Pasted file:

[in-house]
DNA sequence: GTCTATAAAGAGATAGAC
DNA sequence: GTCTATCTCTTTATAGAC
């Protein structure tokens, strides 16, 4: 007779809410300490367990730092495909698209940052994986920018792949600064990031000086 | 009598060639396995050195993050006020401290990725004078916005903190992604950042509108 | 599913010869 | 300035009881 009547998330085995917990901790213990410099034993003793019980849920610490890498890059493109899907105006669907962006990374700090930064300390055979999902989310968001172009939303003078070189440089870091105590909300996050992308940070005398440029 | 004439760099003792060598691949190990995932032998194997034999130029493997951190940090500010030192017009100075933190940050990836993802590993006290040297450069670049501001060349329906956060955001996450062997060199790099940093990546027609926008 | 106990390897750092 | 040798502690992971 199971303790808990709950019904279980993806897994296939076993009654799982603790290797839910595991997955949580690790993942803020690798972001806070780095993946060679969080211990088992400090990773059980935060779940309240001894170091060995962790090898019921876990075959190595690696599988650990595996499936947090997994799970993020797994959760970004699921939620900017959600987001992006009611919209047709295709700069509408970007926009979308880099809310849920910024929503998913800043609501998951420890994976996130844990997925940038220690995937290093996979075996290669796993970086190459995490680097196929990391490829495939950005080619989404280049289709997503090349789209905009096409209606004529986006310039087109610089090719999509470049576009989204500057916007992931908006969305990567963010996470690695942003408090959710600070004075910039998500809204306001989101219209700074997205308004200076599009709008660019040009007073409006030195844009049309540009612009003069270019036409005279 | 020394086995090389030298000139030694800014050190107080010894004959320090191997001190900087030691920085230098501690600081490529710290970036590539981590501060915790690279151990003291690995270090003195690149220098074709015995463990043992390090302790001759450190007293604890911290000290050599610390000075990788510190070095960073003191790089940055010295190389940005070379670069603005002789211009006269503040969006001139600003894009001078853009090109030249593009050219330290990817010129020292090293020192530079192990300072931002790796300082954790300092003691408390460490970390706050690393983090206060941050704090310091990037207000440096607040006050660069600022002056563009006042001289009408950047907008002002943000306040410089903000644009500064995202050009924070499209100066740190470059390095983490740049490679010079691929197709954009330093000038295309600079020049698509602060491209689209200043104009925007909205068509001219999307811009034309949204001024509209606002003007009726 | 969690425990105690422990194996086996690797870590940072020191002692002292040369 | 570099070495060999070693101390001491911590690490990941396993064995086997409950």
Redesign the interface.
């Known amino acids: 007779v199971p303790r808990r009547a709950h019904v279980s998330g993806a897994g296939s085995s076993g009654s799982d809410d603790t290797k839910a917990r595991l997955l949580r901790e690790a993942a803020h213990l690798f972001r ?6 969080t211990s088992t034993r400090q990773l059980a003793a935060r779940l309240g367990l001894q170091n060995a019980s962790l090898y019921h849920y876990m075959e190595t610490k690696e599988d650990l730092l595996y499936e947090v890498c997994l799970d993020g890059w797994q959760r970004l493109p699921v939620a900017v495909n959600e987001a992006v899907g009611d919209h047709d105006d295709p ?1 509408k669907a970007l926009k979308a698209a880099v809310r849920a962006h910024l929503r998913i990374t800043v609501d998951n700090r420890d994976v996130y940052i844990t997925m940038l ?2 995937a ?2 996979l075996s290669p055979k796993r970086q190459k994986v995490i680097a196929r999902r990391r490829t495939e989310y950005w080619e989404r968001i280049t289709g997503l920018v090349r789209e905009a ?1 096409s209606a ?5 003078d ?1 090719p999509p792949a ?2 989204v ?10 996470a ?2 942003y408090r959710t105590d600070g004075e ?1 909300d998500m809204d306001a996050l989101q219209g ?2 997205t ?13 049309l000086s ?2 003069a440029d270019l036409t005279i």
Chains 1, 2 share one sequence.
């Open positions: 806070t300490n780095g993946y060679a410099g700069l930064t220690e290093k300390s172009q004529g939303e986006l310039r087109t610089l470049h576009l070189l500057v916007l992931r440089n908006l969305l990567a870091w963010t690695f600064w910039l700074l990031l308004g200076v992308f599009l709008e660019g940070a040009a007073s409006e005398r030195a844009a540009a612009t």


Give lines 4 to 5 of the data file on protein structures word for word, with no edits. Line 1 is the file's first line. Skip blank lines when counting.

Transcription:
């Protein structure tokens, strides 16, 4: 007779809410300490367990730092495909698209940052994986920018792949600064990031000086 | 009598060639396995050195993050006020401290990725004078916005903190992604950042509108 | 599913010869 | 300035009881 009547998330085995917990901790213990410099034993003793019980849920610490890498890059493109899907105006669907962006990374700090930064300390055979999902989310968001172009939303003078070189440089870091105590909300996050992308940070005398440029 | 004439760099003792060598691949190990995932032998194997034999130029493997951190940090500010030192017009100075933190940050990836993802590993006290040297450069670049501001060349329906956060955001996450062997060199790099940093990546027609926008 | 106990390897750092 | 040798502690992971 199971303790808990709950019904279980993806897994296939076993009654799982603790290797839910595991997955949580690790993942803020690798972001806070780095993946060679969080211990088992400090990773059980935060779940309240001894170091060995962790090898019921876990075959190595690696599988650990595996499936947090997994799970993020797994959760970004699921939620900017959600987001992006009611919209047709295709700069509408970007926009979308880099809310849920910024929503998913800043609501998951420890994976996130844990997925940038220690995937290093996979075996290669796993970086190459995490680097196929990391490829495939950005080619989404280049289709997503090349789209905009096409209606004529986006310039087109610089090719999509470049576009989204500057916007992931908006969305990567963010996470690695942003408090959710600070004075910039998500809204306001989101219209700074997205308004200076599009709008660019040009007073409006030195844009049309540009612009003069270019036409005279 | 020394086995090389030298000139030694800014050190107080010894004959320090191997001190900087030691920085230098501690600081490529710290970036590539981590501060915790690279151990003291690995270090003195690149220098074709015995463990043992390090302790001759450190007293604890911290000290050599610390000075990788510190070095960073003191790089940055010295190389940005070379670069603005002789211009006269503040969006001139600003894009001078853009090109030249593009050219330290990817010129020292090293020192530079192990300072931002790796300082954790300092003691408390460490970390706050690393983090206060941050704090310091990037207000440096607040006050660069600022002056563009006042001289009408950047907008002002943000306040410089903000644009500064995202050009924070499209100066740190470059390095983490740049490679010079691929197709954009330093000038295309600079020049698509602060491209689209200043104009925007909205068509001219999307811009034309949204001024509209606002003007009726 | 969690425990105690422990194996086996690797870590940072020191002692002292040369 | 570099070495060999070693101390001491911590690490990941396993064995086997409950």
Redesign the interface.